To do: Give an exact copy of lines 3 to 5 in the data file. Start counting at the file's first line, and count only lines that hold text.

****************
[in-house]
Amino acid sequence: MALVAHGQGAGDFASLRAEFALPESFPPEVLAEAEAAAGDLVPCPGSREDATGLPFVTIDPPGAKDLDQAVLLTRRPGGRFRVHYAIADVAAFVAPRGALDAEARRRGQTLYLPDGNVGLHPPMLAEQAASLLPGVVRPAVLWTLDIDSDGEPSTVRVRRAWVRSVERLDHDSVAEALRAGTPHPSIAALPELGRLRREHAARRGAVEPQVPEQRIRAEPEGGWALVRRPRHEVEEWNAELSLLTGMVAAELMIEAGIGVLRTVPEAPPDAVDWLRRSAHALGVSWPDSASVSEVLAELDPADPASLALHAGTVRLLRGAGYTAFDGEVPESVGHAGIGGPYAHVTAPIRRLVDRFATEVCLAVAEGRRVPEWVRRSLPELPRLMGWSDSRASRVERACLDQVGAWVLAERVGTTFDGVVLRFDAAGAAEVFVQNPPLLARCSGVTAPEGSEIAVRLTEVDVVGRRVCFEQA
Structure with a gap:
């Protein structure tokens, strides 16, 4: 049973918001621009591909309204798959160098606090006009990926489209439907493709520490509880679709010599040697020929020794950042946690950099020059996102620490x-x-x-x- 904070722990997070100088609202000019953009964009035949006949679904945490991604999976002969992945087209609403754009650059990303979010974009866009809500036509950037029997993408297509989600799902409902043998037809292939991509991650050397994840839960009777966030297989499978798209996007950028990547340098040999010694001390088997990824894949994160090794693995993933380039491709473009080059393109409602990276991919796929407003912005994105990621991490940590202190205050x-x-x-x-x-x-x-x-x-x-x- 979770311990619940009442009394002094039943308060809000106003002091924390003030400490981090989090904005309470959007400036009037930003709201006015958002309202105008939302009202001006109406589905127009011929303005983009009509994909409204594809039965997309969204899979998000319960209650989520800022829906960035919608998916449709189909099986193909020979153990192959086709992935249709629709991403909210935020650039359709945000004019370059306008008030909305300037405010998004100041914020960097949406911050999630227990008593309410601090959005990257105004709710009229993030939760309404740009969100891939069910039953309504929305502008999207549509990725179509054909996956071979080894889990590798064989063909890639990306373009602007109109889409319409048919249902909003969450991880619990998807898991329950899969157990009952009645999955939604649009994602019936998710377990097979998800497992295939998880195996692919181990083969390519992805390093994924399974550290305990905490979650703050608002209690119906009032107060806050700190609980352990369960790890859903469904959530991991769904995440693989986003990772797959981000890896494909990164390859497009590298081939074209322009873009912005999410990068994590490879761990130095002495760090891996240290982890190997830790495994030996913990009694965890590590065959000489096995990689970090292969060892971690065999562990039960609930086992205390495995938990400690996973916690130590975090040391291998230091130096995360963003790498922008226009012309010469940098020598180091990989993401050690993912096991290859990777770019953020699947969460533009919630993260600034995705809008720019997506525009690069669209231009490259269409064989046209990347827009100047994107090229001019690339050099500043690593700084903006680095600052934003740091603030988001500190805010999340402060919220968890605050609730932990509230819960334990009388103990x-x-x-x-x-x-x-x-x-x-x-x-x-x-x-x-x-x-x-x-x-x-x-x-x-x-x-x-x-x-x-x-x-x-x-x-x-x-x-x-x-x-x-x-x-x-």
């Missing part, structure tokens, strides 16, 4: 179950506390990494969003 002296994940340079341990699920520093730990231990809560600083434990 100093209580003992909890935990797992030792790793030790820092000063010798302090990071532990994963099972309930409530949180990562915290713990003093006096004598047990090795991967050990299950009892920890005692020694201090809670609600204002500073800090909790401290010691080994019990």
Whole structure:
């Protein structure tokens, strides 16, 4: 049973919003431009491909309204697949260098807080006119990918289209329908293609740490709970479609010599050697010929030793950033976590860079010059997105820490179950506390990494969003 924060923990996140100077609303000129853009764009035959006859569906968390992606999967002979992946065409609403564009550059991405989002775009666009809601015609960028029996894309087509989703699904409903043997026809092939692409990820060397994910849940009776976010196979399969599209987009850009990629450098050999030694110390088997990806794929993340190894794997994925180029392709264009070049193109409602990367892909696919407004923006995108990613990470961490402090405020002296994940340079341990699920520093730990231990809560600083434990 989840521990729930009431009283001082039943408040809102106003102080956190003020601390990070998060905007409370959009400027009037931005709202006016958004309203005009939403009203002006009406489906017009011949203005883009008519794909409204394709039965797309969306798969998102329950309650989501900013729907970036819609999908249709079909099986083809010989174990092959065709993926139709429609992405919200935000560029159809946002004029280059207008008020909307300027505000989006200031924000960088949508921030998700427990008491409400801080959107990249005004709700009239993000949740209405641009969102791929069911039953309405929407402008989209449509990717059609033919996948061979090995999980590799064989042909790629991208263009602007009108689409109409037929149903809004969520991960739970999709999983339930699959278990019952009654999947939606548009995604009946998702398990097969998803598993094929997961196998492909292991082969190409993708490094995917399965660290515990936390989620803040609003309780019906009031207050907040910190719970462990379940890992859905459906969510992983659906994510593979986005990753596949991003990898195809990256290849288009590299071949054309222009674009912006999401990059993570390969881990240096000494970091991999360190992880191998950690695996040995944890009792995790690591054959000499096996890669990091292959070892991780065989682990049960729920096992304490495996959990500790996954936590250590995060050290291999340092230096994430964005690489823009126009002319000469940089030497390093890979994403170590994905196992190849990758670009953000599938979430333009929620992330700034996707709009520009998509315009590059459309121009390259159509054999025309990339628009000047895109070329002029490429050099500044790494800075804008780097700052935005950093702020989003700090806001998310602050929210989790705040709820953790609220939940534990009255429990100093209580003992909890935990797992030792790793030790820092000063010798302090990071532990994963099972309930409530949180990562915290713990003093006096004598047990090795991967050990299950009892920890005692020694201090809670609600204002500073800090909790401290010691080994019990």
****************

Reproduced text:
Structure with a gap:
């Protein structure tokens, strides 16, 4: 049973918001621009591909309204798959160098606090006009990926489209439907493709520490509880679709010599040697020929020794950042946690950099020059996102620490x-x-x-x- 904070722990997070100088609202000019953009964009035949006949679904945490991604999976002969992945087209609403754009650059990303979010974009866009809500036509950037029997993408297509989600799902409902043998037809292939991509991650050397994840839960009777966030297989499978798209996007950028990547340098040999010694001390088997990824894949994160090794693995993933380039491709473009080059393109409602990276991919796929407003912005994105990621991490940590202190205050x-x-x-x-x-x-x-x-x-x-x- 979770311990619940009442009394002094039943308060809000106003002091924390003030400490981090989090904005309470959007400036009037930003709201006015958002309202105008939302009202001006109406589905127009011929303005983009009509994909409204594809039965997309969204899979998000319960209650989520800022829906960035919608998916449709189909099986193909020979153990192959086709992935249709629709991403909210935020650039359709945000004019370059306008008030909305300037405010998004100041914020960097949406911050999630227990008593309410601090959005990257105004709710009229993030939760309404740009969100891939069910039953309504929305502008999207549509990725179509054909996956071979080894889990590798064989063909890639990306373009602007109109889409319409048919249902909003969450991880619990998807898991329950899969157990009952009645999955939604649009994602019936998710377990097979998800497992295939998880195996692919181990083969390519992805390093994924399974550290305990905490979650703050608002209690119906009032107060806050700190609980352990369960790890859903469904959530991991769904995440693989986003990772797959981000890896494909990164390859497009590298081939074209322009873009912005999410990068994590490879761990130095002495760090891996240290982890190997830790495994030996913990009694965890590590065959000489096995990689970090292969060892971690065999562990039960609930086992205390495995938990400690996973916690130590975090040391291998230091130096995360963003790498922008226009012309010469940098020598180091990989993401050690993912096991290859990777770019953020699947969460533009919630993260600034995705809008720019997506525009690069669209231009490259269409064989046209990347827009100047994107090229001019690339050099500043690593700084903006680095600052934003740091603030988001500190805010999340402060919220968890605050609730932990509230819960334990009388103990x-x-x-x-x-x-x-x-x-x-x-x-x-x-x-x-x-x-x-x-x-x-x-x-x-x-x-x-x-x-x-x-x-x-x-x-x-x-x-x-x-x-x-x-x-x-």
């Missing part, structure tokens, strides 16, 4: 179950506390990494969003 002296994940340079341990699920520093730990231990809560600083434990 100093209580003992909890935990797992030792790793030790820092000063010798302090990071532990994963099972309930409530949180990562915290713990003093006096004598047990090795991967050990299950009892920890005692020694201090809670609600204002500073800090909790401290010691080994019990």